Similarly, Nutt endorsed earlier research on psilocybin, a psychoactive chemical within magic mushrooms.

  • If you want to understand consciousness, you've got to study psychedelics. David John Nutt, Ph.D. (*1951) British psychiatrist, neuropsychopharmacologist, researcher of drugs that affect the brain and addiction, anxiety and sleep, cited in: Video interview WHY LSD IS IMPORTANT, YouTube film, minute 3:18, 4:18 minutes duration, posted 14. April 2016

 

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Marijuana

 

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Marijuana

  • [T]here is functional displacement. […] [S]omeone gave me one of Kafka's books ’’Betrachtung. I read the title. But then the book at once changed into the book-in-the-writer's-hand, which it becomes for the (perhaps somewhat academic) sculptor who confronts the task of sculpting that particular writer. It immediately became integrated into the sculptural form of my own body. Walter Benjamin (1892-1940) German Jewish philosopher, cultural critic, translator, essayist, On Hashish'', chapter II, 15. January 1928, Harvard University Press, 2. June 2006

 

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Marijuana, morphine

  • One of the core ideas of Benjamin's ground breaking essay [magnum opus The Work of Art in the Age of Mechanical Reproduction] is to observe that modern means of technical reproduction strip pieces of art of their aura. A photograph of an object can be reproduced and seen anywhere in the world, taking the object out of its spatio-temporal and historical-cultural context. Referencing Walter Benjamin (1892-1940) German Jewish philosopher, cultural critic, translator, essayist, in: Dr. Sebastian Marincolo, German philosopher, author, What Hashish Did To Walter Benjamin. Mind-Altering Essays on Marijuana, part III, S. 138, Khargala Press, 20. November 2015

Benjamin possibly died from suicide by morphine overdose.

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LSD

  • What interested me above all was the relationship of these [ psychedelic ] substances to productivity. It has been my experience, however, that creative achievement requires an alert consciousness, and that it diminishes under the spell of drugs. On the other hand, conceptualization is important, and one gains insights under the influence of drugs that indeed are not possible otherwise. Ernst Jünger (1895-1998) German entomologist, soldier and officer, dandy, author, letter to his friend Hofmann dated 3. March 1948, cited in: Albert Hofmann (1906-2008) Swiss chemist, discoverer, synthesizer, ingester of the drug LSD, author, LSD. My Problem Child. LSD Experience and Reality, S. 74, McGraw-Hill Book Company, 1980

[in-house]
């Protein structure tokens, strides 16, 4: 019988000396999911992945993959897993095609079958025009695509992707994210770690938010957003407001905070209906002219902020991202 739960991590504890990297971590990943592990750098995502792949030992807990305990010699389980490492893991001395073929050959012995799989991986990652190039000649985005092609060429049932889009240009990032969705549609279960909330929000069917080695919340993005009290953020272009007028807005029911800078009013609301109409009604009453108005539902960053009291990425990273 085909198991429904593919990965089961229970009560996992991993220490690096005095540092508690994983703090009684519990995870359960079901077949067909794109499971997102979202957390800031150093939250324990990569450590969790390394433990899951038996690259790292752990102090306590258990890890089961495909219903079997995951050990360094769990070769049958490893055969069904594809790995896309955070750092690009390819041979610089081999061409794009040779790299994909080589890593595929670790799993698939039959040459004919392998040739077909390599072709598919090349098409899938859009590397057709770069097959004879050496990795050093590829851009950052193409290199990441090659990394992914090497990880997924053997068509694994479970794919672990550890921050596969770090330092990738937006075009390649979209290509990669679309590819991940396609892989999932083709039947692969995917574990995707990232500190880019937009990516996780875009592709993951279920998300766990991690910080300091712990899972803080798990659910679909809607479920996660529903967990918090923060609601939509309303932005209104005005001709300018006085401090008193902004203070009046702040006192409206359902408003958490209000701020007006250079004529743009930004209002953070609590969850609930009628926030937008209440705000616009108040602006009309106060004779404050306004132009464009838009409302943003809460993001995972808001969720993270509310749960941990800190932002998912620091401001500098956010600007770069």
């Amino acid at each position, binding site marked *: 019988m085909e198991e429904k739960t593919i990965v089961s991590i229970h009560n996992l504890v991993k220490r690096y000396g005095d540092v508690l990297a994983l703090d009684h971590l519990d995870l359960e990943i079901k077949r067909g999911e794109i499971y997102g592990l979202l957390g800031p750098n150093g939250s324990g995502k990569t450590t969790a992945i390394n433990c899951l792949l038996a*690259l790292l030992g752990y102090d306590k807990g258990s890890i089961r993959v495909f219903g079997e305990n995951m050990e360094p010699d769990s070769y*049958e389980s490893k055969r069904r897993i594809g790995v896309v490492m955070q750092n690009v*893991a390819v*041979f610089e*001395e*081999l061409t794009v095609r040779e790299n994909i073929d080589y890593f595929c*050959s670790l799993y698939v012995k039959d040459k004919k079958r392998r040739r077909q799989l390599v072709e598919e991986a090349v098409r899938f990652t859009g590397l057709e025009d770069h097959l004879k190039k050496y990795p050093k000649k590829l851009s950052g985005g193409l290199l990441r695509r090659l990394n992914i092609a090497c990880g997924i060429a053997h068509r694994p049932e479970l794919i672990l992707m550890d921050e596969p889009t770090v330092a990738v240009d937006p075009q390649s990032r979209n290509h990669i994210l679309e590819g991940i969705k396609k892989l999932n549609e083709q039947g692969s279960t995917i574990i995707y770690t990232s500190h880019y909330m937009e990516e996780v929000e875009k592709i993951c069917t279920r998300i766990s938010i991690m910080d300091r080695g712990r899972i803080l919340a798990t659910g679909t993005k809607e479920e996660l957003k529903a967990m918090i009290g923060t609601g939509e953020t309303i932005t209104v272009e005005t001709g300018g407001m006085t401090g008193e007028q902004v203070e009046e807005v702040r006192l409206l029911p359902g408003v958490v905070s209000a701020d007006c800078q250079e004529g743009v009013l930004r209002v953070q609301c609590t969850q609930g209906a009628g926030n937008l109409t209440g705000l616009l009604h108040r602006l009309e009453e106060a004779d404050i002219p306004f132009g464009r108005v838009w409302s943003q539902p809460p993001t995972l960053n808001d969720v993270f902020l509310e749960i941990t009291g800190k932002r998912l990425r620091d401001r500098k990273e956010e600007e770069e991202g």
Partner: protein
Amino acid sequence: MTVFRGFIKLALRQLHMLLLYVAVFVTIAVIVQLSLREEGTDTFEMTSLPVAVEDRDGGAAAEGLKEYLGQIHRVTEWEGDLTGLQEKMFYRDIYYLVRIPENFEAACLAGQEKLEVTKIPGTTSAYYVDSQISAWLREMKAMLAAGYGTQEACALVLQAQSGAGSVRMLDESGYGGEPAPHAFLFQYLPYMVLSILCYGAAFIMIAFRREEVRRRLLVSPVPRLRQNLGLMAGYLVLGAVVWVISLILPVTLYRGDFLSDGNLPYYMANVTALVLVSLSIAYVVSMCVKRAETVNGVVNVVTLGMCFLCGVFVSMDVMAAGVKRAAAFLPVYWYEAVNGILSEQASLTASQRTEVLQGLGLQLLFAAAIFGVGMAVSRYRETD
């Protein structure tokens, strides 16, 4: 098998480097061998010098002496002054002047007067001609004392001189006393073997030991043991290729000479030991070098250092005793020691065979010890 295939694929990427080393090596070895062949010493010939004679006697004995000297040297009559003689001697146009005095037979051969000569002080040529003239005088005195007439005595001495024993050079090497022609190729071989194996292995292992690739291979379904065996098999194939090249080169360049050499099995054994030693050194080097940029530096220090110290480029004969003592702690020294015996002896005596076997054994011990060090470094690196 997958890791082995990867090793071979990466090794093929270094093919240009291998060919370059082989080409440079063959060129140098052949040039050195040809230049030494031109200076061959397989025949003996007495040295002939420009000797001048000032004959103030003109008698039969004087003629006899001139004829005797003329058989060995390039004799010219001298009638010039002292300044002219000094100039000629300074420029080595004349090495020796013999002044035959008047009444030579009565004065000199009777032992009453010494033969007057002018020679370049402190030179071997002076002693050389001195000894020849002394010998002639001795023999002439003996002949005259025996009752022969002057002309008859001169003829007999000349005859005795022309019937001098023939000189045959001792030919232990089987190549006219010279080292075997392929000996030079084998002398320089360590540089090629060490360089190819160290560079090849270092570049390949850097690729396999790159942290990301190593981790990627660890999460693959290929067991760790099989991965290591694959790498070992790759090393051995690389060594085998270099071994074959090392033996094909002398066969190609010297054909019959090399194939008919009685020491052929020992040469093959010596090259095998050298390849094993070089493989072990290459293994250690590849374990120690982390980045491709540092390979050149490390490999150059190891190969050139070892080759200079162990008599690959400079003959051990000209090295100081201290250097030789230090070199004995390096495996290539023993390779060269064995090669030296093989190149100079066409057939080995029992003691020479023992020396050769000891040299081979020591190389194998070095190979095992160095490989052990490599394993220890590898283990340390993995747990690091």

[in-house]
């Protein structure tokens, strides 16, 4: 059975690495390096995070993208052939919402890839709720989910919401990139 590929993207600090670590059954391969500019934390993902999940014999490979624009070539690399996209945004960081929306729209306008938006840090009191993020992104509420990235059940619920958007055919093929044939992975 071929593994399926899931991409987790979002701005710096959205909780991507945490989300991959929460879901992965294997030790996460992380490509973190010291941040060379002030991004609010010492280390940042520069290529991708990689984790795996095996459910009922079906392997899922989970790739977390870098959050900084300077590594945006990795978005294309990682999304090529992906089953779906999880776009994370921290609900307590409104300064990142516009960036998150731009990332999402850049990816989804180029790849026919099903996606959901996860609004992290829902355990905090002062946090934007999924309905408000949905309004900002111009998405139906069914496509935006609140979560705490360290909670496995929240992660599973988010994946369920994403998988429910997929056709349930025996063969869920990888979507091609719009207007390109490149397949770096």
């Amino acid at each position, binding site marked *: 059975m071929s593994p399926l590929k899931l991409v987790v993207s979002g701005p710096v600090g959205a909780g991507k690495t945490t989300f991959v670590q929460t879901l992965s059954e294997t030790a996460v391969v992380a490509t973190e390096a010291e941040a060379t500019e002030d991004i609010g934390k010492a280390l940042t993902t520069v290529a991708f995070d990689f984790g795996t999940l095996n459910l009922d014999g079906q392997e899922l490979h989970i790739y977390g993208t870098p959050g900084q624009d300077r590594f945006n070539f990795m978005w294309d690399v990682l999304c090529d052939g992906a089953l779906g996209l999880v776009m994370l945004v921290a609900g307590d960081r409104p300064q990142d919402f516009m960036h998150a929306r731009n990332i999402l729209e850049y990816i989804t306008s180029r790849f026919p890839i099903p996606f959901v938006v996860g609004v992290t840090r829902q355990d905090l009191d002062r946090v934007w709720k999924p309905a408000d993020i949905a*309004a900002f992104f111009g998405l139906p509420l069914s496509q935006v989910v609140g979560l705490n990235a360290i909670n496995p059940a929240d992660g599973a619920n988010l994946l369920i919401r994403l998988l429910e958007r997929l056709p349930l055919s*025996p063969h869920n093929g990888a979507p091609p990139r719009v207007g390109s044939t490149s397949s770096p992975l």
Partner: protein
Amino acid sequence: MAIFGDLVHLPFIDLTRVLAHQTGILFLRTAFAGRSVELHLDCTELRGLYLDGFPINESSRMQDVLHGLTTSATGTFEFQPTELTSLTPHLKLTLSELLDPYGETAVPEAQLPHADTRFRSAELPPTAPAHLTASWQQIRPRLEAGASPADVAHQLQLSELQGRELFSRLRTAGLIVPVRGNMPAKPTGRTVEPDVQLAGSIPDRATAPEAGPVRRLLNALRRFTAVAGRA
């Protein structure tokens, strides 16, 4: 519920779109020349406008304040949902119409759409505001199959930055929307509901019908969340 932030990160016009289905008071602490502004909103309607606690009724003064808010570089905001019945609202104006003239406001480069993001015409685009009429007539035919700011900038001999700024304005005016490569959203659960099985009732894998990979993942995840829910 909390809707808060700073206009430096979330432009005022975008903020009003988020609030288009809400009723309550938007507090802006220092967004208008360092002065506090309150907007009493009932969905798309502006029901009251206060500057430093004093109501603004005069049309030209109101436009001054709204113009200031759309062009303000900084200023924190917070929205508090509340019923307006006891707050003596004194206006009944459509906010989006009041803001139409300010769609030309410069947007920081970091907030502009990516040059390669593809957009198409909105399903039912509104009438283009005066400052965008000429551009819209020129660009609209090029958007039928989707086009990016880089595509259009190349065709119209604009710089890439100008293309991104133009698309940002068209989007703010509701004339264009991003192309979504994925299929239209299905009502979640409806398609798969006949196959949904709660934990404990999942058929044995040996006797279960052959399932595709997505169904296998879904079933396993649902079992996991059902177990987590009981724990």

• These things should only be tried in small circles. I cannot agree with the thoughts of Huxley that possibilities for transcendence could here be given to the masses. Indeed, this does not involve comforting fictions, but rather realities, if we take the matter earnestly. Ernst Jünger (1895-1998) German entomologist, soldier and officer, dandy, author, letter to his friend Hofmann dated 17. December 1961, cited in: Albert Hofmann (1906-2008) Swiss chemist, discoverer, synthesizer, ingester of the drug LSD, author, LSD. My Problem Child. LSD Experience and Reality, S. 74, McGraw-Hill Book Company, 1980

 

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LSD, psilocybin

  • The next and last thrust into the inner universe together with Ernst Jünger, this time again using LSD, led us very far from everyday consciousness. We came close to the ultimate door. Of course this door, according to Ernst Jünger, will in fact only open for us in the great transition from life into the hereafter. Albert Hofmann (1906-2008) Swiss chemist, discoverer, synthesizer, ingester of the drug LSD, author, LSD. My Problem Child. LSD Experience and Reality, chapter 7, McGraw-Hill Book Company, 1980